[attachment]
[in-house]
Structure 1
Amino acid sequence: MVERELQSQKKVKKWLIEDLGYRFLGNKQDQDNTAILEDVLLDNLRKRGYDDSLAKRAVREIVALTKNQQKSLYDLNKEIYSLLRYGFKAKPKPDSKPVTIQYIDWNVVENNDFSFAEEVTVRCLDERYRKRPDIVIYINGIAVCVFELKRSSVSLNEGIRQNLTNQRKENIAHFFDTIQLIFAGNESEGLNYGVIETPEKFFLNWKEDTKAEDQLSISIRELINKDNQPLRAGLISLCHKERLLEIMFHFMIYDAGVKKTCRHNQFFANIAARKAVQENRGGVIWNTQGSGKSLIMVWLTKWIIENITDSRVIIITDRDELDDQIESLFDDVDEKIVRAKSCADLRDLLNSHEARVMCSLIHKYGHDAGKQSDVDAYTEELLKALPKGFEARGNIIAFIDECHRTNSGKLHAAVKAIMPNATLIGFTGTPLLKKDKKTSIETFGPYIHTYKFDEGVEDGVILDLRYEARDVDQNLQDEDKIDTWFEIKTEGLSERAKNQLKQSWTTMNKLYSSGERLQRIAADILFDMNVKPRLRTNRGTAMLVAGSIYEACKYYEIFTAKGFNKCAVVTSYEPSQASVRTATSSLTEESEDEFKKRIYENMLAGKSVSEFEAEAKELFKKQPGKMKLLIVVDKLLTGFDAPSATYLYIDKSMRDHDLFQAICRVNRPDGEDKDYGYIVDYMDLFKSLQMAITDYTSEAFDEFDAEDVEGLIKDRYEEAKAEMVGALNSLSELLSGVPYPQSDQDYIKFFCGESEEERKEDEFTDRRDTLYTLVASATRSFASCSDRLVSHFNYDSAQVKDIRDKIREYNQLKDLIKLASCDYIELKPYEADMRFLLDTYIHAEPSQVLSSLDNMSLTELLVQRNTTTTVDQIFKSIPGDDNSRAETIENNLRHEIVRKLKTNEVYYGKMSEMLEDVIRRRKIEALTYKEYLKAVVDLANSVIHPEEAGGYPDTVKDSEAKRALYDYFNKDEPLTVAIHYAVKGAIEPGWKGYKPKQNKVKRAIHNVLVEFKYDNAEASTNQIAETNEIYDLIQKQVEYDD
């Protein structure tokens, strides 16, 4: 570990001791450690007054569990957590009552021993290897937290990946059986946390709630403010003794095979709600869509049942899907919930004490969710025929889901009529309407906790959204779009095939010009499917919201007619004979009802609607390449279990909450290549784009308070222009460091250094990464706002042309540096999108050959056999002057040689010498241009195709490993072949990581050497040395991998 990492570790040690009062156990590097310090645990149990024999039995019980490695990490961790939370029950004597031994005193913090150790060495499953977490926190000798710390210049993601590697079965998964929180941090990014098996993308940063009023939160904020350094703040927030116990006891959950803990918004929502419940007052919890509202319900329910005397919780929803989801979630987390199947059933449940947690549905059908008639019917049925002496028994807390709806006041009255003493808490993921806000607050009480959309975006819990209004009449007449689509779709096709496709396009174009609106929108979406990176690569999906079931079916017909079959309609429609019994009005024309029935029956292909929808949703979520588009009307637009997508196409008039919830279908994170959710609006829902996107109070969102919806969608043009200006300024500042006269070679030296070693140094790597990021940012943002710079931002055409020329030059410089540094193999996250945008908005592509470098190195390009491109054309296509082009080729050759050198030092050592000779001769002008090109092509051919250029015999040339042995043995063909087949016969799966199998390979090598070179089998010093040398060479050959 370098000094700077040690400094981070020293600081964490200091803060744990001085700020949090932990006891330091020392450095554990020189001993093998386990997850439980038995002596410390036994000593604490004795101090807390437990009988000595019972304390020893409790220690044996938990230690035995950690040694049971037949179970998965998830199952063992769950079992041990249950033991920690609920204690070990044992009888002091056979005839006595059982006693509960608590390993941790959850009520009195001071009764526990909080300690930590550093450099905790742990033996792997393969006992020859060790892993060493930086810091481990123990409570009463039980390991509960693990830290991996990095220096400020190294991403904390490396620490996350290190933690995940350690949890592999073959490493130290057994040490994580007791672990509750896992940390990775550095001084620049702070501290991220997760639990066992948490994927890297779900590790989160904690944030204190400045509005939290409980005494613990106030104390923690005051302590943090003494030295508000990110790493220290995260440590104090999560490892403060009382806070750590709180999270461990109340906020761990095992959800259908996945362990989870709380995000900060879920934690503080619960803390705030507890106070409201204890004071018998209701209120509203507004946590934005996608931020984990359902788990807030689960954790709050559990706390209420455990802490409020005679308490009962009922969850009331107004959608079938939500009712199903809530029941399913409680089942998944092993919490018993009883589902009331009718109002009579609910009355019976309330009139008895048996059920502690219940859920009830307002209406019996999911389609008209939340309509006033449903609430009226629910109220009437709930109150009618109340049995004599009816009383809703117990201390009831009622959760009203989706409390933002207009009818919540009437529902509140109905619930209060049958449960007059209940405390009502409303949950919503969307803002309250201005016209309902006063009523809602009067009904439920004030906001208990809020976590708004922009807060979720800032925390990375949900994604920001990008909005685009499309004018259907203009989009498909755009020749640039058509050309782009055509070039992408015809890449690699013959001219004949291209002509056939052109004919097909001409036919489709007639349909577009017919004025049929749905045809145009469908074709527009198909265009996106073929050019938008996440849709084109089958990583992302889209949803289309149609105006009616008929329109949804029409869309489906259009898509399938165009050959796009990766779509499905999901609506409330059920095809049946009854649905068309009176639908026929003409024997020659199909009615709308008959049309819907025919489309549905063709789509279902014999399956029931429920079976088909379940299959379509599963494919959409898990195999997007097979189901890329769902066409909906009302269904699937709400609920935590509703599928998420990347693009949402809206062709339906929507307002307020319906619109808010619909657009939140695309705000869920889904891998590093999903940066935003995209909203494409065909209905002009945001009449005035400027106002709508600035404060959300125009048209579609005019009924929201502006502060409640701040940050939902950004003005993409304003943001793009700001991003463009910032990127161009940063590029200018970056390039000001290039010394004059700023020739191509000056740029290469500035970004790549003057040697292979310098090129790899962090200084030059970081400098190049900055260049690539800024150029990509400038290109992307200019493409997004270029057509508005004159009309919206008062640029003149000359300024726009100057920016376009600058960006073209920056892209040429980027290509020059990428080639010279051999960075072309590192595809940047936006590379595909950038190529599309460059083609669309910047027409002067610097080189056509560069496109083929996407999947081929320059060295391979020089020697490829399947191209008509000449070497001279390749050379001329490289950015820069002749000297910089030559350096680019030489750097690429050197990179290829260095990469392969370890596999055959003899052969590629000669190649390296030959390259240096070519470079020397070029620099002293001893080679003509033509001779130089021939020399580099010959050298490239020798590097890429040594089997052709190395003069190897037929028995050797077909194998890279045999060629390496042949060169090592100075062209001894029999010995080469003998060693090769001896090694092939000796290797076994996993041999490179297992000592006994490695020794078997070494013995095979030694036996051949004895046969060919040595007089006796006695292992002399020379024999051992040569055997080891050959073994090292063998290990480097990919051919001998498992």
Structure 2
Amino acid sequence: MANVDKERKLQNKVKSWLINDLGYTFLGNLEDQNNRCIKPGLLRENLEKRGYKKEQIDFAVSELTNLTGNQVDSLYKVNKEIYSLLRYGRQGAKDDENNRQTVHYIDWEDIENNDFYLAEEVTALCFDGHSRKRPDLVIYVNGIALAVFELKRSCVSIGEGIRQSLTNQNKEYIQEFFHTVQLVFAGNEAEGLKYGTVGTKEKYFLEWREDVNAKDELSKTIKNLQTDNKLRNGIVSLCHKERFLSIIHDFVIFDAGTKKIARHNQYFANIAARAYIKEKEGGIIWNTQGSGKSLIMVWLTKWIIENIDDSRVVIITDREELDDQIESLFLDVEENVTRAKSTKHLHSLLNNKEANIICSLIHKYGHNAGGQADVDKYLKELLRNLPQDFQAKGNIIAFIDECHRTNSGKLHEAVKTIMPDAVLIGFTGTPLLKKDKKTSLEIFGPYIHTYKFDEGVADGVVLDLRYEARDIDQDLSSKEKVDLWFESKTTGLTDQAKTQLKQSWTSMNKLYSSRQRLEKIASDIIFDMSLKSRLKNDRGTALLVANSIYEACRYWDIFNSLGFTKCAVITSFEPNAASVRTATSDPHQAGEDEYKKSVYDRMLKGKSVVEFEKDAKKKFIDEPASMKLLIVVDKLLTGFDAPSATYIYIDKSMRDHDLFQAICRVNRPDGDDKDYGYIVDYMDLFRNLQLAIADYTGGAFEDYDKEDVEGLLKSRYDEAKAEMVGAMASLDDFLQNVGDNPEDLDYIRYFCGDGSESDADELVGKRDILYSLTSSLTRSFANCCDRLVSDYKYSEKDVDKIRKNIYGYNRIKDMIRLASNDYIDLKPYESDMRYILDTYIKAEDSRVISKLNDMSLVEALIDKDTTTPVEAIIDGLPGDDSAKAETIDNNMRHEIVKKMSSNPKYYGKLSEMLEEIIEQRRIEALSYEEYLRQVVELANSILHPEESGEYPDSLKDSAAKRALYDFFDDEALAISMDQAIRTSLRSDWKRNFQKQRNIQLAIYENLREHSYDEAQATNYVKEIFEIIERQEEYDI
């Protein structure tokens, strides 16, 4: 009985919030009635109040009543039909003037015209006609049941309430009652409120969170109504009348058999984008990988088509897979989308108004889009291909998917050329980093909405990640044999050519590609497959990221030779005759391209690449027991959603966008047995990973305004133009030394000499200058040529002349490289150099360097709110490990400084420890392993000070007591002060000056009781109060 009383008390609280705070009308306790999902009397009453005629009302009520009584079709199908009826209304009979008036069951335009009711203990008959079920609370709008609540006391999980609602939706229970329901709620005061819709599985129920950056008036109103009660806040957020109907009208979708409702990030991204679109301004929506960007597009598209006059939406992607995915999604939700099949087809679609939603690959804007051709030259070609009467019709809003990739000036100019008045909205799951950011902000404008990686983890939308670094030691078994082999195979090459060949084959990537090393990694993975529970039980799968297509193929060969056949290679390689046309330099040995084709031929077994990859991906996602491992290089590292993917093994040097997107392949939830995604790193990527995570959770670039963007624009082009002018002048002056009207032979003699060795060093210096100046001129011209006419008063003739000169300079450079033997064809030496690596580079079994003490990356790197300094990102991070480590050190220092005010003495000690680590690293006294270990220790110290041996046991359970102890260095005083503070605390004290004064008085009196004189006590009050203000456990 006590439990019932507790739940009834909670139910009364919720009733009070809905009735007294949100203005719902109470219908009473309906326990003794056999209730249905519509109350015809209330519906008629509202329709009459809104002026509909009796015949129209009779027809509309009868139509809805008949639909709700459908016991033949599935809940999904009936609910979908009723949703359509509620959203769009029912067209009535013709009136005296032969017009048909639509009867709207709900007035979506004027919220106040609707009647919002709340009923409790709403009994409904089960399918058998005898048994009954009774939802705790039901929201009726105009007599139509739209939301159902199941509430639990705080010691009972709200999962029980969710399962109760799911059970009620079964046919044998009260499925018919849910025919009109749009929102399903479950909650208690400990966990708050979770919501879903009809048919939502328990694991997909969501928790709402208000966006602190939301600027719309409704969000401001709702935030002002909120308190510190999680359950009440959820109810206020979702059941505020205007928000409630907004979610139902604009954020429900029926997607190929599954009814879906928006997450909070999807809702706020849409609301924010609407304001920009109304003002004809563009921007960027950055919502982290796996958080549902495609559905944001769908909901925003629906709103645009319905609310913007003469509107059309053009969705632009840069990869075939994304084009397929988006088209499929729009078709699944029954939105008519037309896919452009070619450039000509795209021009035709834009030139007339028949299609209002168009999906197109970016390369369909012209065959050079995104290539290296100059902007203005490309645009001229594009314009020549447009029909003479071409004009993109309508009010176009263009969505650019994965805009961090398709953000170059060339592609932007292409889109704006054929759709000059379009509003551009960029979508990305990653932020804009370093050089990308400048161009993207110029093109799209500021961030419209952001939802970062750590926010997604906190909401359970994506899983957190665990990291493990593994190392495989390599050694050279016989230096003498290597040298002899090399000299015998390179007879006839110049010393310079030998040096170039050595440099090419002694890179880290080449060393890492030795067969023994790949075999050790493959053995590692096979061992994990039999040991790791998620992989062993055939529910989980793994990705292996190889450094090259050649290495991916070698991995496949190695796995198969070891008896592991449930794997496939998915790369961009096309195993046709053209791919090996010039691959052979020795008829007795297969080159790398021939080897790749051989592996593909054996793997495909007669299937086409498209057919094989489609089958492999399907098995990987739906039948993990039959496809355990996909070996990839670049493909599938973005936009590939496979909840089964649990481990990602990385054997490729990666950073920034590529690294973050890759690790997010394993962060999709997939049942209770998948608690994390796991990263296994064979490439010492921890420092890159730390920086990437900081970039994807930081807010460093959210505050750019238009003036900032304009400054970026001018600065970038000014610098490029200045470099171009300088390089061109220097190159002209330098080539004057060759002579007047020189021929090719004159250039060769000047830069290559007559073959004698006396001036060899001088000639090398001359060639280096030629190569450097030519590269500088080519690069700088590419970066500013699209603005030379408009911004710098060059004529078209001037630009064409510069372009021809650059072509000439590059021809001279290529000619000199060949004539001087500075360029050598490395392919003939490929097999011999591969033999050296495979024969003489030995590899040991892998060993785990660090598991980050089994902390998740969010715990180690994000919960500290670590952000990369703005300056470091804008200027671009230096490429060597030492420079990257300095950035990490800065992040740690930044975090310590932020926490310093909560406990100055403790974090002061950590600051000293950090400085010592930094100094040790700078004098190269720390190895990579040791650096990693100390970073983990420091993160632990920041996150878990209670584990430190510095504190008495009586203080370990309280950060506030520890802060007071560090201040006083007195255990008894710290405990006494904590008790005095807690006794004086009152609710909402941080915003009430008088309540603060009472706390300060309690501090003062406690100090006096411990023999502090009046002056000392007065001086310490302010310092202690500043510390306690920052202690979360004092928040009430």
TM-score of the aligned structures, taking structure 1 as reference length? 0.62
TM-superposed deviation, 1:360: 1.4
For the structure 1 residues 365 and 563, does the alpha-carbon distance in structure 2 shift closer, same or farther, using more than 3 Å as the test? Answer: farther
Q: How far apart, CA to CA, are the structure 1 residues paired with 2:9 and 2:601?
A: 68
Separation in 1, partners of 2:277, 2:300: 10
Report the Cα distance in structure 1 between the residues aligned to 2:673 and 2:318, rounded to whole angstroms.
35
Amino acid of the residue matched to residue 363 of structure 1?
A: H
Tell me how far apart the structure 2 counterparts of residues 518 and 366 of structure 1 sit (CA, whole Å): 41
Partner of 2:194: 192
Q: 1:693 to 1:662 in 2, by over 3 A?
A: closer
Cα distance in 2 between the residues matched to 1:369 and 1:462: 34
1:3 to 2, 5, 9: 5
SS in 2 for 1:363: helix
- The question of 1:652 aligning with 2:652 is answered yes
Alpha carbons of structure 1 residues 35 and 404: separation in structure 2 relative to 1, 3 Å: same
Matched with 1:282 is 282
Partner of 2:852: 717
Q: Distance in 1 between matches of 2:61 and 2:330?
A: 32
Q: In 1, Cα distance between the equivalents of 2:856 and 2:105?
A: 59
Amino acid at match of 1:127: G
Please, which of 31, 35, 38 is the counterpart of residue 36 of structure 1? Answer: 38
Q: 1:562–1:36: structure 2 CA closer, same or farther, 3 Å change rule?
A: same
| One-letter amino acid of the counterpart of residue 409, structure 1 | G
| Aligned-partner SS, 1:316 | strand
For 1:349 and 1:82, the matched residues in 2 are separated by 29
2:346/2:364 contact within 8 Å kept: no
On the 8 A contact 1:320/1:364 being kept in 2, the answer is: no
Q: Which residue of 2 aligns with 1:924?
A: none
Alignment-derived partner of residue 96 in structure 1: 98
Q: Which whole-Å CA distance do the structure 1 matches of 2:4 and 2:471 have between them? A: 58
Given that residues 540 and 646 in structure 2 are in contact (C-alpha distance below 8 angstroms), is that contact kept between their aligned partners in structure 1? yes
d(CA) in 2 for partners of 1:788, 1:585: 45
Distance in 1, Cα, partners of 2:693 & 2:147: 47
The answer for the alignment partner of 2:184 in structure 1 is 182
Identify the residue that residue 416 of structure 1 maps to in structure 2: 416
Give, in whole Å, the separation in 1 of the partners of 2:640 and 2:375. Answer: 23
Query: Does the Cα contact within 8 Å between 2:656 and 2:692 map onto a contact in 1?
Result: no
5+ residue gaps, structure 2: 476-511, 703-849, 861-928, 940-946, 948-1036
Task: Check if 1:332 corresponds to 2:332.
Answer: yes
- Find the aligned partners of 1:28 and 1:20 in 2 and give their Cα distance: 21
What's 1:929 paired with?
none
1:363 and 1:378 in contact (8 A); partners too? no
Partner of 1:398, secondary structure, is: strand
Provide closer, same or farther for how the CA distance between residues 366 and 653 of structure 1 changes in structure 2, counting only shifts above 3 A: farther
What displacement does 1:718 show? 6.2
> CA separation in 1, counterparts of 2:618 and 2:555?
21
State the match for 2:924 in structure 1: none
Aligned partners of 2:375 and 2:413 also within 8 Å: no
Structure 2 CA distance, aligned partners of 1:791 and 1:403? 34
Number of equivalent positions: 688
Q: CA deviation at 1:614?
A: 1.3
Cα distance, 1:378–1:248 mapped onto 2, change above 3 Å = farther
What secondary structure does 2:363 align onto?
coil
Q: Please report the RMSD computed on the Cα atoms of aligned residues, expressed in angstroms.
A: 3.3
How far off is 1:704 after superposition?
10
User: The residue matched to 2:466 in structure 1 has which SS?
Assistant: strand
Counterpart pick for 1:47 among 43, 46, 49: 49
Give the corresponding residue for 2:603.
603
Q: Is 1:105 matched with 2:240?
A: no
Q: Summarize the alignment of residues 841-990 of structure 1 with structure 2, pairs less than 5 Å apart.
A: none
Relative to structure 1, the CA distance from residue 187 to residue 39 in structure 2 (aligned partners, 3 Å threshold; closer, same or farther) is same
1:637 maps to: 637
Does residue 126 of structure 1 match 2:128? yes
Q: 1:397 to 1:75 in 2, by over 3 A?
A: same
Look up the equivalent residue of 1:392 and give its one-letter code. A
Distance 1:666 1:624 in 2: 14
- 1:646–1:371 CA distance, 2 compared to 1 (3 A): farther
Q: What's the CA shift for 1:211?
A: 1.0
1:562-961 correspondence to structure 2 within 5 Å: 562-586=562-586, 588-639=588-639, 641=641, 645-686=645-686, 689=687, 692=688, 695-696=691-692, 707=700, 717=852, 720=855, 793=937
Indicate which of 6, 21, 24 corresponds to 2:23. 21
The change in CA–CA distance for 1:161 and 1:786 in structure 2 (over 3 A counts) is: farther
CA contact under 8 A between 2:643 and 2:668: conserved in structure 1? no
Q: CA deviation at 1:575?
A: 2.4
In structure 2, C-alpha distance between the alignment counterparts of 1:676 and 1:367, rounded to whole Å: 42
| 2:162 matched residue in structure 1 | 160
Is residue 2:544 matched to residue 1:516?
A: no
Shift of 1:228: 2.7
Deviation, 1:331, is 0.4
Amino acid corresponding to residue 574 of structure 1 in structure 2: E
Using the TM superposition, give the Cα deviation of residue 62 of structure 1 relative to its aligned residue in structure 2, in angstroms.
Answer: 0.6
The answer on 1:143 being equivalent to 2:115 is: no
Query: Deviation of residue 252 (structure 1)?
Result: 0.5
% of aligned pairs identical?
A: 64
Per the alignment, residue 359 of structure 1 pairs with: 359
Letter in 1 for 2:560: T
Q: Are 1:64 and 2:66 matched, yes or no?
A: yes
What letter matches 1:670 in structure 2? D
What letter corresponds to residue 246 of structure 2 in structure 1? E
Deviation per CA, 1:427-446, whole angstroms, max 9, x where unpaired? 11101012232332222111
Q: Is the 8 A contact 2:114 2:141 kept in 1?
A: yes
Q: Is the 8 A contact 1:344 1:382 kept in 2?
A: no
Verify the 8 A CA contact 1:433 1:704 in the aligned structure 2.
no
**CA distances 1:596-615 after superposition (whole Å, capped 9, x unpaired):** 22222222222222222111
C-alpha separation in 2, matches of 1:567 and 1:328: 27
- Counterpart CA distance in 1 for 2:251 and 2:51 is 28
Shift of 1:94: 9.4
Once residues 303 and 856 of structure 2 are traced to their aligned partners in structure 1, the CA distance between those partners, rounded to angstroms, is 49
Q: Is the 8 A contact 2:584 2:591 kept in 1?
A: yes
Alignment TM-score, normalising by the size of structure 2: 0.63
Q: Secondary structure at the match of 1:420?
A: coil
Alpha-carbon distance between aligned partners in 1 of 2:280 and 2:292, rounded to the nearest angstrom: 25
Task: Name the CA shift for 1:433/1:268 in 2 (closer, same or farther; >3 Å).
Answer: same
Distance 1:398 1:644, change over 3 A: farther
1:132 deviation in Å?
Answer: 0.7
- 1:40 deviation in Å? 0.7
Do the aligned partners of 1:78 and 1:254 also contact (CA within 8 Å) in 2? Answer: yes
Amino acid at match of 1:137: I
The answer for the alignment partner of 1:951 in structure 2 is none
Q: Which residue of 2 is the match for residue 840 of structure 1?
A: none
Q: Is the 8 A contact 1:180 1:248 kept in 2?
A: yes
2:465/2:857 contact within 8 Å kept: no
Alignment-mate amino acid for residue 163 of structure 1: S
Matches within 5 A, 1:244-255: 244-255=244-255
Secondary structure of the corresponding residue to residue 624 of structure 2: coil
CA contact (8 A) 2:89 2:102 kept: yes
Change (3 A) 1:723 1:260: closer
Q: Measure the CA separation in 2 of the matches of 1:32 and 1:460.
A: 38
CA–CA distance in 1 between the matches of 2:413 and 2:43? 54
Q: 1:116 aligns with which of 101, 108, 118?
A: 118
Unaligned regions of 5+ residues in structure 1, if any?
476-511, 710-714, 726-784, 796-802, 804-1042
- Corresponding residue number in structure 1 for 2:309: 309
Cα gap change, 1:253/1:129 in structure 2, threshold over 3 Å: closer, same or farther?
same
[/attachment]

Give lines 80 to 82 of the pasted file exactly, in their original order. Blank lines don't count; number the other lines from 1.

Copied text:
Assistant: strand
Counterpart pick for 1:47 among 43, 46, 49: 49
Give the corresponding residue for 2:603.